Our country once again finds itself in the middle of a heated debate drawn largely along racial lines. President Trump, calling any NFL player who protests during the national anthem a “son of a bitch” met with widespread opposition over the weekend from professional athletes across the country, many of whom demonstrated their opposition by kneeling, joining hands or staying in the locker room while the national anthem was played before Sunday’s football games. But in the midst of the crossfire, there exists a middle ground. It’s possible to oppose both Trump’s rhetoric and demonstrations of disrespect to our national anthem, just as it’s possible to acknowledge a constitutional right to disrespect the anthem while criticizing the exercise of that right. They are two separate issues.
In many ways, the kneeling protest is emblematic of a dark shift in protest politics. Black Americans have a long history of speaking out against injustice, but our indignation with specific issues in America never shook our love of country. In his most famous speeches, Martin Luther King always had hope in the fundamental good of America — even during times when our nation fell short of guaranteeing equality for all. In fact, in 1964, 87 percent of blacks said America was worth fighting for. Now things have changed.
The conversation is no longer about making America truer to its creed. It’s about whether racism is built into the fabric of America. And if it is, shouldn’t we all kneel during the national anthem and discard our American flags? And shouldn’t I resign my commission as an Army officer and quit serving a country that is unequivocally dedicated to white supremacy?
As is the case with most contemporary questions, an honest review of history illuminates an answer.
If Frederick Douglass, born into slavery, could sharply criticize the sins of America while still believing in her fundamental goodness, how much more should we do so today?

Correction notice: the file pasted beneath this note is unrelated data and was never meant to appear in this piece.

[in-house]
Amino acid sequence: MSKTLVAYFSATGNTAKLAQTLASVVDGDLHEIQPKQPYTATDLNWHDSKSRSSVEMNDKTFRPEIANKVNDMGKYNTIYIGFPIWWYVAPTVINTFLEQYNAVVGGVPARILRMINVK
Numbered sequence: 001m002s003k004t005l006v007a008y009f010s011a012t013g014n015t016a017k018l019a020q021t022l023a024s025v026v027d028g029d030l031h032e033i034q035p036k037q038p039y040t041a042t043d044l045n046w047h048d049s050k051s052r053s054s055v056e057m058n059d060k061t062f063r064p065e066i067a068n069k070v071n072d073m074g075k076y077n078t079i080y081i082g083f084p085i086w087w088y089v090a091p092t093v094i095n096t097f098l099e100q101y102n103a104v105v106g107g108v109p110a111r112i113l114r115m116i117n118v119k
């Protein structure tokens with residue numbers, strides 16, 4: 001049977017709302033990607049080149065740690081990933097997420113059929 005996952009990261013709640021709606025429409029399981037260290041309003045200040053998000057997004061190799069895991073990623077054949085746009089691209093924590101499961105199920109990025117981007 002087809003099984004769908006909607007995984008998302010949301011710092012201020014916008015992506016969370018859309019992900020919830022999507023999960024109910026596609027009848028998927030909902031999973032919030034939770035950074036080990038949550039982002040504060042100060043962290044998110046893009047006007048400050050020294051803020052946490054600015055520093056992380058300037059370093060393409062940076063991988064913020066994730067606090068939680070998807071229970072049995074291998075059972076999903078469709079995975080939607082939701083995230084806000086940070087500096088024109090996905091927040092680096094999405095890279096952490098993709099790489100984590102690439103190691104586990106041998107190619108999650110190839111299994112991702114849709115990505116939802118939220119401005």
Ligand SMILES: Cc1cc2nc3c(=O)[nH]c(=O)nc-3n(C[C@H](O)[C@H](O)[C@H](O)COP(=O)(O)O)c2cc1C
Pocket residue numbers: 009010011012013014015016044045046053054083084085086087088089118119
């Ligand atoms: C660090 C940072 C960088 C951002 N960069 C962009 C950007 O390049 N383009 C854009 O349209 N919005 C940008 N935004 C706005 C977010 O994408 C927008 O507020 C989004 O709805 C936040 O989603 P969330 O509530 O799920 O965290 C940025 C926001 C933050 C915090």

In a few months, America will celebrate the bicentennial of Frederick Douglass’ birth. As a young free black, having recently escaped the bondage of slavery, Douglass joined the ranks of other New England abolitionists of his day who, following the lead of the abolitionist journalist William Lloyd Garrison, believed that the Constitution was inherently a pro-slavery document that undergirded a fundamentally evil nation worth dissolving.
Douglass wrote in his autobiography, “The Life and Times of Frederick Douglass”: “Brought directly, when I escaped from slavery, into contact with abolitionists who regarded the Constitution as a slaveholding instrument, and finding their views supported by the united and entire history of every department of the government, it is not strange that I assumed the Constitution to be just what these friends made it seem to be.”
But after bravely deciding to write his own periodical — a first for blacks at the time — Douglass’ views changed:
“My new circumstances compelled me to re-think the whole subject … By such a course of thought and reading I was conducted to the conclusion that the Constitution of the United States … could not well have been designed at the same time to maintain and perpetuate a system of rapine and murder like slavery, especially as not one word can be found in the Constitution to authorize such a belief.”
It’s not easy to miss the extraordinary irony of the situation. An educated free black disagreed with the great white abolitionists of the day and made a point that America’s founding document was not inherently racist — even at a time when millions of blacks were still in chains. He believedin America. If Frederick Douglass, born into slavery, could sharply criticize the sins of America while still believing in her fundamental goodness, how much more should we do so today?
Martin Luther King Jr. followed suit, often citing the Constitution and the Bible to condemn segregation. Like Douglass, King essentially exhorted America to be more American by truly living up to its creed that “all men are created equal.” But if a call to American values freed the slaves and ended segregation, it can lead to positive outcomes for blacks today.
It’s for that reason that I proudly put on my uniform every morning in service to our great nation. It’s also why #takeaknee is not only disrespectful to the men and women who died for our freedom, but antithetical to black history. If the past is any indication, it will take a higher degree of patriotism and more celebration of American values to truly ensure equality for all Americans.
Jeremy C. Hunt is an active duty U.S. Army officer and Leadership Strategist for the Douglass Leadership Institute. His articles have appeared in the Washington Post, the Hill, and Fox News. Follow him on Twitter @jeremy_c_hunt1. The views expressed in this article are those of Jeremy C. Hunt only and not those of the Department of Defense.